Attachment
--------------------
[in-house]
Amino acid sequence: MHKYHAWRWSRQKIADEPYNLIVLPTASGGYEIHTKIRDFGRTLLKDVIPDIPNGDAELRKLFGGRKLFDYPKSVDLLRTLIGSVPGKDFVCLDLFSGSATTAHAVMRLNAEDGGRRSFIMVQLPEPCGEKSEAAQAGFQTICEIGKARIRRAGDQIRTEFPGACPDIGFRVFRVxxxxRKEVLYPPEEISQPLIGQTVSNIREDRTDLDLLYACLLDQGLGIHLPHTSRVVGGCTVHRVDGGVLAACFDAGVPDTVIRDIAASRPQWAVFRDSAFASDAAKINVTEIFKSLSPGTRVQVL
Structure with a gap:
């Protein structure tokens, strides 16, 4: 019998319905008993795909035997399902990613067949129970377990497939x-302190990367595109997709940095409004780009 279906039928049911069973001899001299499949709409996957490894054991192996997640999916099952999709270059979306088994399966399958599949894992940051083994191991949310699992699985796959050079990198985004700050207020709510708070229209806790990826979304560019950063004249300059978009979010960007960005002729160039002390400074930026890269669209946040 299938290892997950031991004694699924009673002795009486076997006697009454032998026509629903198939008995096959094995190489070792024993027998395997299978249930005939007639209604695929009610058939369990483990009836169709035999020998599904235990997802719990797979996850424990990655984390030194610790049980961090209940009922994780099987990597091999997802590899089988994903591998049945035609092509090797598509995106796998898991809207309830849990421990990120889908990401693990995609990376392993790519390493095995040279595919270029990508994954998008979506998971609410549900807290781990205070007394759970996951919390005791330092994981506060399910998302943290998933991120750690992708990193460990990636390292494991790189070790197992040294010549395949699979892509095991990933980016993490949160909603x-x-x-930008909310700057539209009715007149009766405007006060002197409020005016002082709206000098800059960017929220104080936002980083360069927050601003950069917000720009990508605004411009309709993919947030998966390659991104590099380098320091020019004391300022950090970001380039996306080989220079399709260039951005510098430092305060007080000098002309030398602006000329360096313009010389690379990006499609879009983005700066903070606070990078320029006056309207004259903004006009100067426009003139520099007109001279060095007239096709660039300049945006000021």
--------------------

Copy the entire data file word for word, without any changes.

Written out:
[in-house]
Amino acid sequence: MHKYHAWRWSRQKIADEPYNLIVLPTASGGYEIHTKIRDFGRTLLKDVIPDIPNGDAELRKLFGGRKLFDYPKSVDLLRTLIGSVPGKDFVCLDLFSGSATTAHAVMRLNAEDGGRRSFIMVQLPEPCGEKSEAAQAGFQTICEIGKARIRRAGDQIRTEFPGACPDIGFRVFRVxxxxRKEVLYPPEEISQPLIGQTVSNIREDRTDLDLLYACLLDQGLGIHLPHTSRVVGGCTVHRVDGGVLAACFDAGVPDTVIRDIAASRPQWAVFRDSAFASDAAKINVTEIFKSLSPGTRVQVL
Structure with a gap:
């Protein structure tokens, strides 16, 4: 019998319905008993795909035997399902990613067949129970377990497939x-302190990367595109997709940095409004780009 279906039928049911069973001899001299499949709409996957490894054991192996997640999916099952999709270059979306088994399966399958599949894992940051083994191991949310699992699985796959050079990198985004700050207020709510708070229209806790990826979304560019950063004249300059978009979010960007960005002729160039002390400074930026890269669209946040 299938290892997950031991004694699924009673002795009486076997006697009454032998026509629903198939008995096959094995190489070792024993027998395997299978249930005939007639209604695929009610058939369990483990009836169709035999020998599904235990997802719990797979996850424990990655984390030194610790049980961090209940009922994780099987990597091999997802590899089988994903591998049945035609092509090797598509995106796998898991809207309830849990421990990120889908990401693990995609990376392993790519390493095995040279595919270029990508994954998008979506998971609410549900807290781990205070007394759970996951919390005791330092994981506060399910998302943290998933991120750690992708990193460990990636390292494991790189070790197992040294010549395949699979892509095991990933980016993490949160909603x-x-x-930008909310700057539209009715007149009766405007006060002197409020005016002082709206000098800059960017929220104080936002980083360069927050601003950069917000720009990508605004411009309709993919947030998966390659991104590099380098320091020019004391300022950090970001380039996306080989220079399709260039951005510098430092305060007080000098002309030398602006000329360096313009010389690379990006499609879009983005700066903070606070990078320029006056309207004259903004006009100067426009003139520099007109001279060095007239096709660039300049945006000021």